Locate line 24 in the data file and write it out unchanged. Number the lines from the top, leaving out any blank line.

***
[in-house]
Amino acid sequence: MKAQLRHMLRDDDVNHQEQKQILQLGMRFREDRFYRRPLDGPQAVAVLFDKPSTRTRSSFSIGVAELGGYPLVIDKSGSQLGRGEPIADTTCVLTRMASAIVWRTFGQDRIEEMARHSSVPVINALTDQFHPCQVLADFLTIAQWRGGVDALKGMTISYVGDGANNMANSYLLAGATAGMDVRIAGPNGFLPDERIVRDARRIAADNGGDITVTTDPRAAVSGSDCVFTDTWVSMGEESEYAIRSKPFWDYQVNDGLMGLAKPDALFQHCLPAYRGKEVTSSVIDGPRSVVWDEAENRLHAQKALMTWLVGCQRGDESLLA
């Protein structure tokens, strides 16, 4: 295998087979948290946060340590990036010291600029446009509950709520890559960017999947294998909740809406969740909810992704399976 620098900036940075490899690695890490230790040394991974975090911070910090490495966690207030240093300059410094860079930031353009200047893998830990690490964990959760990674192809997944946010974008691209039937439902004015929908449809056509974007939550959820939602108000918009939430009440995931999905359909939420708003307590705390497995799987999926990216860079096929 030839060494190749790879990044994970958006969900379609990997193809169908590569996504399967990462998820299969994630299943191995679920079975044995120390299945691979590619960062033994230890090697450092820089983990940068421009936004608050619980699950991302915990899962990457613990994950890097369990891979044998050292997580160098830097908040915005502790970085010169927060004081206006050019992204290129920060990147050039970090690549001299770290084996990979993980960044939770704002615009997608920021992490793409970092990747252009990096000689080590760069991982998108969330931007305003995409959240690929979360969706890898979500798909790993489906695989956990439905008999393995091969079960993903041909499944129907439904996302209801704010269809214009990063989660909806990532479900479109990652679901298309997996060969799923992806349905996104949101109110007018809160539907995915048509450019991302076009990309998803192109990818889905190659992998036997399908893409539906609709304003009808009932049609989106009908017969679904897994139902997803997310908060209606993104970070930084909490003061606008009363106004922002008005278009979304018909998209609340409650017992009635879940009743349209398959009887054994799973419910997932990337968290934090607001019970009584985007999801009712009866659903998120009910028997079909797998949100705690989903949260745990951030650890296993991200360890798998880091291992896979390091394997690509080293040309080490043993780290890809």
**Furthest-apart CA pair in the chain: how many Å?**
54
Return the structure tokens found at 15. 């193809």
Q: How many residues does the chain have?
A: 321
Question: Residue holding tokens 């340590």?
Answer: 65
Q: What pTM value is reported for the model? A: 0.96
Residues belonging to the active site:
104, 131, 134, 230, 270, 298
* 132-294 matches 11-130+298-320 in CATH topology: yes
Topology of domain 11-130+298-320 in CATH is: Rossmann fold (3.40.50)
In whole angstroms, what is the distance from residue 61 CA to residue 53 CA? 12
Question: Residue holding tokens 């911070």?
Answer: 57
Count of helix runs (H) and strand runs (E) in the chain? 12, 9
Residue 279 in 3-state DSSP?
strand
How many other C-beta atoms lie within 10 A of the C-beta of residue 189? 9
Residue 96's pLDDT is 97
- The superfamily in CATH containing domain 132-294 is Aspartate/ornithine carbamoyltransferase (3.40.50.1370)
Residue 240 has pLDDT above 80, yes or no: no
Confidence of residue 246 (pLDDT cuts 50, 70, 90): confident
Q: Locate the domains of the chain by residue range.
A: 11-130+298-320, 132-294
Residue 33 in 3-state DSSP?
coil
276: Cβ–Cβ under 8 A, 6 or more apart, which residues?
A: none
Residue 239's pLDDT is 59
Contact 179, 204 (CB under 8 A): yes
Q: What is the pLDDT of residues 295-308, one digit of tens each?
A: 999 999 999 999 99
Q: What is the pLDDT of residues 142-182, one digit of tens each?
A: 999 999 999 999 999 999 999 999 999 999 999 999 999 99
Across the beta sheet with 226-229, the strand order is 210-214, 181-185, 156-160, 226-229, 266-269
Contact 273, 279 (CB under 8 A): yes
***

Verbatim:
- The superfamily in CATH containing domain 132-294 is Aspartate/ornithine carbamoyltransferase (3.40.50.1370)